Tanner Brent Kaufmann was born April 9, 1979, in Weyburn, Sask., to Brent, a butcher, and Gwen, a stay-at-home mom. Tanner’s sister, Amy, was born in 1977, his brother, Matthew, in 1981.
Brent and Gwen often took the kids to their maternal or paternal grandparents’ farms on holidays. On Sundays the family attended Weyburn’s Lutheran church. Though there were just a few homemade outdoor rinks around when Tanner was young, hockey was in his blood. He started playing at five, though at first he refused to go on the ice unless his dad joined him. Brent coached his boys from peewee through to junior.
Though Tanner loved other sports, he excelled at hockey. At 16 he was invited for a tryout by the Western Hockey League’s Saskatoon Blades. His mom warned Tanner as he left for camp that even if he made the team, he was not moving away. “I was not having my baby away from home!” says Gwen. Tanner didn’t make the team.
As a boy, Tanner pleaded for a dog. His parents suggested they’d get one when they moved to a farm. By age six, Tanner figured out that was never happening. But at 10, his parents caved and they got Thistle, a bichon shih-tzu, who lived 15 years. Dogs were always a big part of Tanner’s life. So was hunting.
His dad, who owned Kaufmann’s Meats when the family lived in Weyburn through the 1980s, was an avid hunter. Gwen sewed Tanner, just five, and later Matthew, bright orange mini overalls so he’d be safely visible when joining Brent, a gun safety instructor, on hunting trips. “I taught my boys hunter safety,” says Brent. “By the time Tanner was six, he could shoot a .22 and hit a gopher. He was 12 when he shot his first buck, and I made him field dress it and finish it when we got back.” Tanner often hunted deer, ducks and moose with his dad and brother.
The Kaufmanns moved to Regina in 1990. One day in May 2003, Tanner, who had started work in the autobody shop at a Nissan dealership, went to a Nitty Gritty Dirt Band show in Regina. He wasn’t a big fan of country music, but some buddies offered him a free ticket. At the show, he spotted Alyscia Herauf. They’d attended high school together in Regina, but only vaguely knew each other.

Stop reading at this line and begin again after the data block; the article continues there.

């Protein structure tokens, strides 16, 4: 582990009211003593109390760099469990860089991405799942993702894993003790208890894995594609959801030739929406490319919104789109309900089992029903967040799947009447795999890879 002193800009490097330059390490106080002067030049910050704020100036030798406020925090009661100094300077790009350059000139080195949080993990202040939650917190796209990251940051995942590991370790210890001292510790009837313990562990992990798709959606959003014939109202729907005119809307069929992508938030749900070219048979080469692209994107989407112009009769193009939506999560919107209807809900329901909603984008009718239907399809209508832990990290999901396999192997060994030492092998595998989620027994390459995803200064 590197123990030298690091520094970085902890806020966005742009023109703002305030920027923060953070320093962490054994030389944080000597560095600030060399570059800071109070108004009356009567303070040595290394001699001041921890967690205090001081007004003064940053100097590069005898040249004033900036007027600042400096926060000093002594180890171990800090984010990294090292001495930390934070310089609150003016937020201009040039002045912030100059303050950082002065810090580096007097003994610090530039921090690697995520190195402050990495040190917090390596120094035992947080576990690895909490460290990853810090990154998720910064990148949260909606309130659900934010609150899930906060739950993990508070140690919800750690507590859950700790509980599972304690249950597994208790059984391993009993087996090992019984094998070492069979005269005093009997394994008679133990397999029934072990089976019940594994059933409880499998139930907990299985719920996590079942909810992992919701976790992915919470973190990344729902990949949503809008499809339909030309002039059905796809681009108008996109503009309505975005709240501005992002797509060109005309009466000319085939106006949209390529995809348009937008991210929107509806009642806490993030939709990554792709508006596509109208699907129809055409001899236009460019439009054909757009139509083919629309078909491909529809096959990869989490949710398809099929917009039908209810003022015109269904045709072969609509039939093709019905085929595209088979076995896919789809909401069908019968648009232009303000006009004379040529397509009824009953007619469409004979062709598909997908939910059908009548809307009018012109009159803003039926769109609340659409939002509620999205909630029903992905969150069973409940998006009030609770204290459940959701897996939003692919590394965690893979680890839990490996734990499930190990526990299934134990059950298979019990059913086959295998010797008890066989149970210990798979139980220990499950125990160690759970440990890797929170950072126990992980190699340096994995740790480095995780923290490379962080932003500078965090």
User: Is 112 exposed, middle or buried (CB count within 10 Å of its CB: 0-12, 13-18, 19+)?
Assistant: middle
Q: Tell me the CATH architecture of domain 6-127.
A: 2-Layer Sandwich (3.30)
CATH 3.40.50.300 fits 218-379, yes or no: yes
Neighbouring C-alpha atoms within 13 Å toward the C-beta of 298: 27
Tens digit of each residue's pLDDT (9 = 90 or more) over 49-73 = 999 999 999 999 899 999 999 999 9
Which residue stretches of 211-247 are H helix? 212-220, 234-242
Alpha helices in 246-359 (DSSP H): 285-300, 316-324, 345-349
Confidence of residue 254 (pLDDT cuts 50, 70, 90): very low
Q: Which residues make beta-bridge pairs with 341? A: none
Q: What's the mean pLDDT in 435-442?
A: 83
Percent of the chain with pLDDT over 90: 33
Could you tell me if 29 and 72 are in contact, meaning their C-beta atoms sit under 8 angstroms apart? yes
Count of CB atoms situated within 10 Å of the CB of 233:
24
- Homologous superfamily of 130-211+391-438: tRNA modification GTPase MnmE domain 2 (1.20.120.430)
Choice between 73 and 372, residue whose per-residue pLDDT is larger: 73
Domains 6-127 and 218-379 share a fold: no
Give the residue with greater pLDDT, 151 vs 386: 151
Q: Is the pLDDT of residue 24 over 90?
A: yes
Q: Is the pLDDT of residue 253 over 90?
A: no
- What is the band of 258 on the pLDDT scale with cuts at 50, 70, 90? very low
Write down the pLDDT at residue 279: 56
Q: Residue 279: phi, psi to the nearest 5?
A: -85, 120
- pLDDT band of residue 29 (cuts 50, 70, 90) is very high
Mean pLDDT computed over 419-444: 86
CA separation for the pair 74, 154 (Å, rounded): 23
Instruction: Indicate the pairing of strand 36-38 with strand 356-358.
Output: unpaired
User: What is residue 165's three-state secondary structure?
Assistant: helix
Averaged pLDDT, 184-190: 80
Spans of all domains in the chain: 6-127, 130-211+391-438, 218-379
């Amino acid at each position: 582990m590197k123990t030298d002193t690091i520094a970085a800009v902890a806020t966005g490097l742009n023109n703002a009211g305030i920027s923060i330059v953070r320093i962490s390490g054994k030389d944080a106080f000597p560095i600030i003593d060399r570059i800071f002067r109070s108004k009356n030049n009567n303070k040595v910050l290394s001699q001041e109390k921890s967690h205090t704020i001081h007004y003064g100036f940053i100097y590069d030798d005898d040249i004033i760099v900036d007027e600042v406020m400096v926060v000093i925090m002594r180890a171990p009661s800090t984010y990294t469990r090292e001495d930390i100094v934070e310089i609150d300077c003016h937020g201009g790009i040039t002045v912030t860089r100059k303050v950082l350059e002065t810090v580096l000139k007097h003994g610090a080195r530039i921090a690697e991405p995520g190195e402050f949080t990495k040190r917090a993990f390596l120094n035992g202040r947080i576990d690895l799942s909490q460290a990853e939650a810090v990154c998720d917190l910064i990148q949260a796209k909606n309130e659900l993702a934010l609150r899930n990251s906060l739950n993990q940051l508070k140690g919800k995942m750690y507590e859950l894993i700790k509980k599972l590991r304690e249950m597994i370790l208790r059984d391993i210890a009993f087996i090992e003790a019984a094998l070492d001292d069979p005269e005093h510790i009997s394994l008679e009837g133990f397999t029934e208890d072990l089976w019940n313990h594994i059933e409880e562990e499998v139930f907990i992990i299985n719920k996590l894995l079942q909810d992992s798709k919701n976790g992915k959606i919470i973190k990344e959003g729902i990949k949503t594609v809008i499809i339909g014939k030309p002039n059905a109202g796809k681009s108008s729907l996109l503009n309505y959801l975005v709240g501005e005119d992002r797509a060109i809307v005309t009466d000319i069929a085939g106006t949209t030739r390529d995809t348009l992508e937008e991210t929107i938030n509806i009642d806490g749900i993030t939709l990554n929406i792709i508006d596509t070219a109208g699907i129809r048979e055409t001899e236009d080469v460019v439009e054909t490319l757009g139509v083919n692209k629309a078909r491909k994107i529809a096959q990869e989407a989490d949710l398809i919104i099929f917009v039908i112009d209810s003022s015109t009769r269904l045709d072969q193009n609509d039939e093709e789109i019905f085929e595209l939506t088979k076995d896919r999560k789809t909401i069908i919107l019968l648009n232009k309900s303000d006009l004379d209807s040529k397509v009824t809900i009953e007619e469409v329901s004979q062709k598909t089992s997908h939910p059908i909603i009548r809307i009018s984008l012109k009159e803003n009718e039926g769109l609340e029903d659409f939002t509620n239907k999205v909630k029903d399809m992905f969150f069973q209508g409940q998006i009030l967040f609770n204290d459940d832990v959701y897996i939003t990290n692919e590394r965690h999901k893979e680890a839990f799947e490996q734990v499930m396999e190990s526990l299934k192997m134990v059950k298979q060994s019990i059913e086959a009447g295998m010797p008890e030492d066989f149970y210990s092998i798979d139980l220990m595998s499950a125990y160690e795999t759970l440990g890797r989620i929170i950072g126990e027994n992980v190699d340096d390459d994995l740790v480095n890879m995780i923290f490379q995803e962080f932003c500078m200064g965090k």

Tanner asked Alyscia to dance as NGDB played “Fishin’ in the Dark.” Gwen had made sure her boys were excellent dancers, and Tanner wowed Alyscia that night. “He’s an amazing two-stepper. I danced all over his feet . . . Within two weeks I knew he was the one.” From then on, whenever they heard “Fishin’ in the Dark,” Tanner grabbed Alyscia for a quick dance.
Tanner was “honestly just the most kind man I ever met,” says Alyscia. He could put strangers at ease with a few minutes of conversation. Alyscia and Tanner married in Regina on Sept. 29, 2007. Their first son, Parks, was born in 2009. Kolt came in 2011. Tanner was a natural father. He could, says Amy, “create the coolest games, activities, obstacle courses, silly funny songs and dances, or cardboard creations that were absolutely magnificent.” He coached the kids’ football, soccer and hockey teams. “He just had so much patience and could talk to [kids] on their level,” says Alyscia. “They would hang off his legs.”
On numerous family camping trips, Tanner entertained everyone by juggling flaming firesticks, a skill picked up during a trip to Thailand. Still, Alyscia recalls, Tanner “could be cautious to the point of annoying. Gosh, he was the guy who would draw lines around firepits and say, ‘No, kids, you can’t go across this line.’ ”
That cautious side, though, didn’t keep Tanner—a heavy-duty mechanic who worked on buses for the City of Regina and later Mack Trucks at Redhead Equipment—from packing his life to its fullest. There was a tragic reason for his intensity. In 1999, Matthew, at 18, jumped in the back seat of a car with two friends to go to a movie. The driver rolled the car, and Matthew was killed instantly. The Kaufmann family felt “destroyed” by the loss, says Gwen. As a result, Alyscia believes, Tanner “lived his life like he knew life is short.”
On Sunday, Sept. 4, around suppertime, Tanner took the family’s new German shorthaired pointer, Macy, out to a field north of Regina to train the dog as a bird hunter. Moments after he parked in the ditch next to the farm road and exited his truck, an alleged drunk driver careened out of control, smashing into Tanner’s vehicle. Tanner, 37, and Macy were killed. The driver has been charged with impaired driving causing death.